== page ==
Freight Knowledge Base Centre

Resources and FAQs on freight forwarding for logistics and supply chain professionals

Frequently Asked Questions About Ocean Freight

What is the difference between LCL and FCL?

FCL or Full Container Load is a standard set by the ISO (International Organisation for Standardisation) which refers to one 20 or 40ft container filled with cargo. A shipper uses up the space of the entire container.

LCL or Less than Container Load refers to a shipment that doesn't fill one 20 or 40ft standard container. In the case of LCL, several shippers load their cargo into a single container. While LCL is the cheaper option for small shipments, it costs more money per unit of freight as compared to FCL.

What is IHC?

IHC stands for Inland Haulage Charges and refers to the transportation charge incurred due to transportation of containers from inland container freight station to the port of loading and vice versa. When the port of loading is away from the cargo freight station, the shipper has to make arrangements for moving the cargo from the freight station to the port either by road or rail. In this case, custom formalities are completed at the freight station.

If the goods are moved by rail, then Inland Haulage Charges refer to the charge of transporting goods from such location to the concerned seaport. IHC is collected by the shipping line when it generates the bill of lading for export shipments. In case of import orders, it’s released at the time of issuing a delivery order.

What is NVOCC?

An ocean carrier that moves cargo under its own House Bill of Lading or an equivalent document and does not operate the vessels by which ocean transportation is provided is called a Non-Vessel Operating Common Carrier (NVOCC).

What is the difference between NVOCC and freight forwarders?

Freight forwardersNVOCC
Freight forwarders provide consultancy services and help the shipper with customs-related documentation, booking space with carriers, arranging for other transportation services, warehousing, etc.An NVOCC offers ocean carrier services and issues their bill of lading. Their services are related to ocean shipping and they act as the shipper to the carrier and the carrier to the shipper.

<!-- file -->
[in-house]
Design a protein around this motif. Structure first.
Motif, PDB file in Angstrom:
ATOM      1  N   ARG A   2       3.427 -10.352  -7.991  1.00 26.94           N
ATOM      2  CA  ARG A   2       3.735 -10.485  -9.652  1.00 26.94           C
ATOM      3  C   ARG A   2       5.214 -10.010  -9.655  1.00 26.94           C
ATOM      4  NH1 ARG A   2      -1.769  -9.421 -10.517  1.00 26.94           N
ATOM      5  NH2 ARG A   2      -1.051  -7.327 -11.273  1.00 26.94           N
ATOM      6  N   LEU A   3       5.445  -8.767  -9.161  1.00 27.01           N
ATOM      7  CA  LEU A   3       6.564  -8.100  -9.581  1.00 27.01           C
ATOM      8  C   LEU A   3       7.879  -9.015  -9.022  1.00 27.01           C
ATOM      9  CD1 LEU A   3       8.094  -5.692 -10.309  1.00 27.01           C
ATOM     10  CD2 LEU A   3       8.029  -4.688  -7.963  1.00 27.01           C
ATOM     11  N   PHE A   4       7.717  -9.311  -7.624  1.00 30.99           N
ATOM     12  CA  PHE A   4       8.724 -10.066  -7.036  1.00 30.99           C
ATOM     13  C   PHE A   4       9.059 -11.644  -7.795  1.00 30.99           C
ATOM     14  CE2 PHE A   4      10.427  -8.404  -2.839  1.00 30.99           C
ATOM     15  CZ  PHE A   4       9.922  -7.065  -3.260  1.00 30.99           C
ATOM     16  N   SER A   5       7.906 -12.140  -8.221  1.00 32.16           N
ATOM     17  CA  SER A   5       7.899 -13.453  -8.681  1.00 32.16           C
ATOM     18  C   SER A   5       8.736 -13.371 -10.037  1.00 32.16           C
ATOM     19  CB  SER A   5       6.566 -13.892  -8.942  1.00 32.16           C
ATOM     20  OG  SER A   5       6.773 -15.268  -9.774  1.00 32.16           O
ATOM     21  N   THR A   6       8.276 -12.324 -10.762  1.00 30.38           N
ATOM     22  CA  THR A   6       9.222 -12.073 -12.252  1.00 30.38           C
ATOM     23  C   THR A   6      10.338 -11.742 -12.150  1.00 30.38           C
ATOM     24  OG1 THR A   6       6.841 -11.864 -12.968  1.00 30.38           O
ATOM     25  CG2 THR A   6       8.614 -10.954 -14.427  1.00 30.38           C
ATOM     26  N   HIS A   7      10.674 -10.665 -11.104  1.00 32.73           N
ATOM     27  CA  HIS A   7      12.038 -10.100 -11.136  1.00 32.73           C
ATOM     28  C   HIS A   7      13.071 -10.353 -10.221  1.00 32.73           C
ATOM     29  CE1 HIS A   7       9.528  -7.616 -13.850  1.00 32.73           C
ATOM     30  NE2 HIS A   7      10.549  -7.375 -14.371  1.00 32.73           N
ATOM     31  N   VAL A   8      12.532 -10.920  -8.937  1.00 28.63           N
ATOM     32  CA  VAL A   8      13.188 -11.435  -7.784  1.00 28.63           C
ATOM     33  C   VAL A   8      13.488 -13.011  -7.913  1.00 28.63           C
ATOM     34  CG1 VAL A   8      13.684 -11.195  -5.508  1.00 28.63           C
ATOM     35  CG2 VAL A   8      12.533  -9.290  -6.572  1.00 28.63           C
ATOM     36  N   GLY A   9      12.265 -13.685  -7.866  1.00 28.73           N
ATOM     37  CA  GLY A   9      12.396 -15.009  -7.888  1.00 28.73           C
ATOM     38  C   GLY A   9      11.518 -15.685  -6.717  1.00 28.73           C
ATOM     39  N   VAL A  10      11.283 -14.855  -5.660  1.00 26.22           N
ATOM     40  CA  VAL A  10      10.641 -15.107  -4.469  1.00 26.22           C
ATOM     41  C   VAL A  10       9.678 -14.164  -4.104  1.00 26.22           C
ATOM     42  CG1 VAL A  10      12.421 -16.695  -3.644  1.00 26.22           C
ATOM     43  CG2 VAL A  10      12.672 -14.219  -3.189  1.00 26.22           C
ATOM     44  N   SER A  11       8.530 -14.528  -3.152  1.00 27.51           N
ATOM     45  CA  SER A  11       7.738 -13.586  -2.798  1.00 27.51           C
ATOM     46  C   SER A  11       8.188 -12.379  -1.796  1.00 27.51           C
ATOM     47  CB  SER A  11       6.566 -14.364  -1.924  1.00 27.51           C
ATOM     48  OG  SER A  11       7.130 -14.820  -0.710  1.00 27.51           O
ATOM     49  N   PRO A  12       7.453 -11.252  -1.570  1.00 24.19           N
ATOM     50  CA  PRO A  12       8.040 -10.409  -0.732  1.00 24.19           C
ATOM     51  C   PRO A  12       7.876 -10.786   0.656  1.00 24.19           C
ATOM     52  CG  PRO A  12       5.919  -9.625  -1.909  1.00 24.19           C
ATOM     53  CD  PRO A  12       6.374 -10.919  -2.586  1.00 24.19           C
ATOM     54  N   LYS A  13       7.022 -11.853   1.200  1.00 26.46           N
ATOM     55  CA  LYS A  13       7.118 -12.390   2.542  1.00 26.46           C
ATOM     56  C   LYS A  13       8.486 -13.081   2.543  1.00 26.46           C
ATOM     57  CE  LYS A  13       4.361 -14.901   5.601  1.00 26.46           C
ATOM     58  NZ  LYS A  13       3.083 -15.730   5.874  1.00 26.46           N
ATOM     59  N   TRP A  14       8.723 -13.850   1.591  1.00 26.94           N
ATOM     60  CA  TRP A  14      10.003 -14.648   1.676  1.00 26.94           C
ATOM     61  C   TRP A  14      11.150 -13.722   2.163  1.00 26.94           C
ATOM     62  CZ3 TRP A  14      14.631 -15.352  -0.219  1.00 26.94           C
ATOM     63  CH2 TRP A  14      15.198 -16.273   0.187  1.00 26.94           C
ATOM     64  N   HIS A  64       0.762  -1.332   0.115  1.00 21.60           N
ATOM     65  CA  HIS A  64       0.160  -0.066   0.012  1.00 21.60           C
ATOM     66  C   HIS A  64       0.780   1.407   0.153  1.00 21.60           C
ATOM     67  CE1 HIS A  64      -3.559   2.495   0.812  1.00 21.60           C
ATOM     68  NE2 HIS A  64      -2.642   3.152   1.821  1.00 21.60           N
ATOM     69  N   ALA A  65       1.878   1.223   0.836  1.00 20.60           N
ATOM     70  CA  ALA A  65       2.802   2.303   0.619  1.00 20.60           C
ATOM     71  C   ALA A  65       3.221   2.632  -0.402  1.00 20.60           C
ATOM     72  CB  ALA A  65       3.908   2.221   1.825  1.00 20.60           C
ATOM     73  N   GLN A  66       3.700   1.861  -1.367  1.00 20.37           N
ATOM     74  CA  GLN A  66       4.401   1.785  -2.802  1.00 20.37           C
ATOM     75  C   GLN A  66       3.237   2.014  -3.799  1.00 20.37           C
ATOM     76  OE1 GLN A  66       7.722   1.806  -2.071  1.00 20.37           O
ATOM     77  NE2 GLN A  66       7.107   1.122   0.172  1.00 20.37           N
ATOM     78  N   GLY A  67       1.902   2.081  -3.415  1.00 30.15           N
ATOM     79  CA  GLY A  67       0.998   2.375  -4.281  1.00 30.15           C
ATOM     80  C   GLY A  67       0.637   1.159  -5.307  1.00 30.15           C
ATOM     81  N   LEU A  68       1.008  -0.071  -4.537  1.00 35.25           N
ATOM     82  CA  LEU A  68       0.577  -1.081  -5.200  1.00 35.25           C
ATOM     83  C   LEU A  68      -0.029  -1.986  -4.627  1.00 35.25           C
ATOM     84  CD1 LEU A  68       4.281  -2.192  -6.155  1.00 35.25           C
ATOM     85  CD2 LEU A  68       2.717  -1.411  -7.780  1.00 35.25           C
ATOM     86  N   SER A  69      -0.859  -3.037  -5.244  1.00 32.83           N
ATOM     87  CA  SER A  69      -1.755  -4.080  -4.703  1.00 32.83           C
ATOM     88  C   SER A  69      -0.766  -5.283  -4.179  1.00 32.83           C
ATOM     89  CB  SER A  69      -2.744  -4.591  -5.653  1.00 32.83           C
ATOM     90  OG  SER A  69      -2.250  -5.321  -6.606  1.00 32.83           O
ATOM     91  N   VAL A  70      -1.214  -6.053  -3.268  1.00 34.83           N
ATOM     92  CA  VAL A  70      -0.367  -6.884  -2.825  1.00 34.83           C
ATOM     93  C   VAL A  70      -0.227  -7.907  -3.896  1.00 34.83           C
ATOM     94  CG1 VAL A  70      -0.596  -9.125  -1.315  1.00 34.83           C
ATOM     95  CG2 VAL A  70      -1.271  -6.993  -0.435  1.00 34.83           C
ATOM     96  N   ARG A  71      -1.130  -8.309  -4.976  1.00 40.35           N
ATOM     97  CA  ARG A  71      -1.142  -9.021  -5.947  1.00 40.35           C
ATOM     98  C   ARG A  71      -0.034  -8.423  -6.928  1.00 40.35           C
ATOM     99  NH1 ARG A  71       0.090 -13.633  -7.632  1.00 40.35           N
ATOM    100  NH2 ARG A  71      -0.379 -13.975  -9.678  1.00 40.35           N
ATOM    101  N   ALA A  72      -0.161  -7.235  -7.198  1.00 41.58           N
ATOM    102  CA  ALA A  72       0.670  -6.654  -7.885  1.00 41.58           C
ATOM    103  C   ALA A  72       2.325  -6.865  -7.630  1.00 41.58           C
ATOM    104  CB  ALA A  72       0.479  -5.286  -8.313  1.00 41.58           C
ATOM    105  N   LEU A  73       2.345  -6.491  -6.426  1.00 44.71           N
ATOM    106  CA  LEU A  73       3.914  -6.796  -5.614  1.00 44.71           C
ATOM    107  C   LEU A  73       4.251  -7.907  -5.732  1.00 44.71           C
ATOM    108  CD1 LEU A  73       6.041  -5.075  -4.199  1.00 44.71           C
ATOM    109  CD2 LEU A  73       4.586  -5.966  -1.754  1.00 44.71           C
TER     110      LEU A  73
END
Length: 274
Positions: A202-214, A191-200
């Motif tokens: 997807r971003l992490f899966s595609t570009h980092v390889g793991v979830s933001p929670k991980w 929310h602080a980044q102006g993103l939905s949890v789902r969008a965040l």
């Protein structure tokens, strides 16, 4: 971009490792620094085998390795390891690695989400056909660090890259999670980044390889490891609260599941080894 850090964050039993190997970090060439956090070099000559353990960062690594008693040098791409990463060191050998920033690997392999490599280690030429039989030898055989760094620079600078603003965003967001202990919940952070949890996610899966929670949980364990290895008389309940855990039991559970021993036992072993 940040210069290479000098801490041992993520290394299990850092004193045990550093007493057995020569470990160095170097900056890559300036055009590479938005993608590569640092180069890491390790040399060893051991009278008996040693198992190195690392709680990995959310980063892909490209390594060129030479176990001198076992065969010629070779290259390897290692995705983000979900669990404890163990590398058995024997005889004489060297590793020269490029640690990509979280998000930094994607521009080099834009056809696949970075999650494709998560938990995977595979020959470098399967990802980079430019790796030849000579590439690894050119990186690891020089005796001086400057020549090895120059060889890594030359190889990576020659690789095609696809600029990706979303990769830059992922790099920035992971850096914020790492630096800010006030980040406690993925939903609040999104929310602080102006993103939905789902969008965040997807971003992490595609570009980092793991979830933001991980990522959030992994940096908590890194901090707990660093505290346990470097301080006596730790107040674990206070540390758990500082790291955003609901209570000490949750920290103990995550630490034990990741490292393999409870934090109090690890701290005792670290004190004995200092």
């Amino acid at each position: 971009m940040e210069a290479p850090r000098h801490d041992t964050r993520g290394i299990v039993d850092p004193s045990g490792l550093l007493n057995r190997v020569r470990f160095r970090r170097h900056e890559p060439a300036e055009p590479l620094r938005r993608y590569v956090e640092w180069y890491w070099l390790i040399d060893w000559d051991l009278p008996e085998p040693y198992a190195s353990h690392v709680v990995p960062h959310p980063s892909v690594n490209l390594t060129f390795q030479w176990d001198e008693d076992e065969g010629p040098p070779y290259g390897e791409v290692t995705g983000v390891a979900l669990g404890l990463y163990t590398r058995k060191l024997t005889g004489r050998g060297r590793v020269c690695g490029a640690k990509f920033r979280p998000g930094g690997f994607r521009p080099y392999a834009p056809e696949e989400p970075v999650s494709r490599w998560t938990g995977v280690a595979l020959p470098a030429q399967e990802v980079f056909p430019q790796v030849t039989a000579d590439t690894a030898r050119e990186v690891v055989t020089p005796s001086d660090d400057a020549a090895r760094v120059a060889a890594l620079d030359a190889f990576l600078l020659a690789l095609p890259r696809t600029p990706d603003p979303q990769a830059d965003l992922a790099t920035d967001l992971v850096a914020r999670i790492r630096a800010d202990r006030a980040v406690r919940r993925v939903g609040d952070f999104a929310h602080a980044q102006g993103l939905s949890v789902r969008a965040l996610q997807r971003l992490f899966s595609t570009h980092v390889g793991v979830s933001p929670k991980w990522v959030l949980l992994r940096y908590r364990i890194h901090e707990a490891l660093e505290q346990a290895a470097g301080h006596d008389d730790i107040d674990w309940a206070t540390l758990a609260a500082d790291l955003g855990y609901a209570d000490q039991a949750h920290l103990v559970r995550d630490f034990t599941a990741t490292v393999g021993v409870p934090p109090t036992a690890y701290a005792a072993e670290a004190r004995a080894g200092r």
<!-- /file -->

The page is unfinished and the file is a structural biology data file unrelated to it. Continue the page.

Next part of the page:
A freight forwarder may not be an NVOCC.An NVOCC can also be a freight forwarder.
Freight forwarders usually don’t own or operate their containers.In several cases, an NVOCC owns and operates its containers.
A shipper or an importer/a customer 'appoints' a freight forwarder to 'act as their agent.'A shipper or an importer/ a customer 'employs the services' of an NVOCC as one of their 'service providers'. It is crucial to note that the NVOCC is not an agent in this case but instead provides services as a carrier or those of a shipping line.

What are detention and demurrage charges?

Detention chargesDemurrage charges
Detention charges are levied by the shipping line to the importer when the importer takes a full container for unpacking and fails to return the empty container to the concerned empty depot before the permitted line free days expire.Demurrage charges are levied by the shipping line to the importer when the importer fails to take delivery of a full container and move it out of the port premises for unpacking within the stipulated line free days.

What are port free days and line-free days?

Port free days refers to the number of days for which a port allows the importer to keep the containers in the port area for free. Once the limit of port free days is exceeded, the port storage charges published in the port tariff are applied.

On the other hand, line-free days is the number of days the shipping line gives to the customer to pick up a full container, take it to their facility for unpacking and return the empty container to the concerned shipping line. After the line free days, the shipping line imposes a charge for every extra day taken by the customer to return the container.

How are detention and demurrage charges calculated?

Here is an example to demonstrate how detention and demurrage charges are calculated:

A container is discharged off a ship on the 5th of December; the concerned importer takes the release of the cargo from the port on 15th December. He returns the empty container to the concerned depot on 22nd December.